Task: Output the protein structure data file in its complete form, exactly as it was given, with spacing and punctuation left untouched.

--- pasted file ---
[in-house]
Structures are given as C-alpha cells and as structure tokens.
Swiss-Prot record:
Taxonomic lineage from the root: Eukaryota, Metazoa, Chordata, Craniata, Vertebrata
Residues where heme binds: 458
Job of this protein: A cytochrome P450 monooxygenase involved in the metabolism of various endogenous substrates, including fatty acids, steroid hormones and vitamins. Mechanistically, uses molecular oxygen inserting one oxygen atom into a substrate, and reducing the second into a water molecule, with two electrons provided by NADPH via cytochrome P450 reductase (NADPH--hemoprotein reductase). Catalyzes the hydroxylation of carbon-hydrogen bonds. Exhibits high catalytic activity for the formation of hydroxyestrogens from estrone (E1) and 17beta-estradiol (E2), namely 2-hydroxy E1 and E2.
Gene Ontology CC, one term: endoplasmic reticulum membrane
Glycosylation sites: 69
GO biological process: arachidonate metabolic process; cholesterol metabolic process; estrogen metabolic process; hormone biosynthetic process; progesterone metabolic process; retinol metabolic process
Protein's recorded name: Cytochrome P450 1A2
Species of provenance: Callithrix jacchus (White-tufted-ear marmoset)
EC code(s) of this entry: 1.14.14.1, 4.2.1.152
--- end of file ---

[in-house]
Structures are given as C-alpha cells and as structure tokens.
Swiss-Prot record:
Taxonomic lineage from the root: Eukaryota, Metazoa, Chordata, Craniata, Vertebrata
Residues where heme binds: 458
Job of this protein: A cytochrome P450 monooxygenase involved in the metabolism of various endogenous substrates, including fatty acids, steroid hormones and vitamins. Mechanistically, uses molecular oxygen inserting one oxygen atom into a substrate, and reducing the second into a water molecule, with two electrons provided by NADPH via cytochrome P450 reductase (NADPH--hemoprotein reductase). Catalyzes the hydroxylation of carbon-hydrogen bonds. Exhibits high catalytic activity for the formation of hydroxyestrogens from estrone (E1) and 17beta-estradiol (E2), namely 2-hydroxy E1 and E2.
Gene Ontology CC, one term: endoplasmic reticulum membrane
Glycosylation sites: 69
GO biological process: arachidonate metabolic process; cholesterol metabolic process; estrogen metabolic process; hormone biosynthetic process; progesterone metabolic process; retinol metabolic process
Protein's recorded name: Cytochrome P450 1A2
Species of provenance: Callithrix jacchus (White-tufted-ear marmoset)
EC code(s) of this entry: 1.14.14.1, 4.2.1.152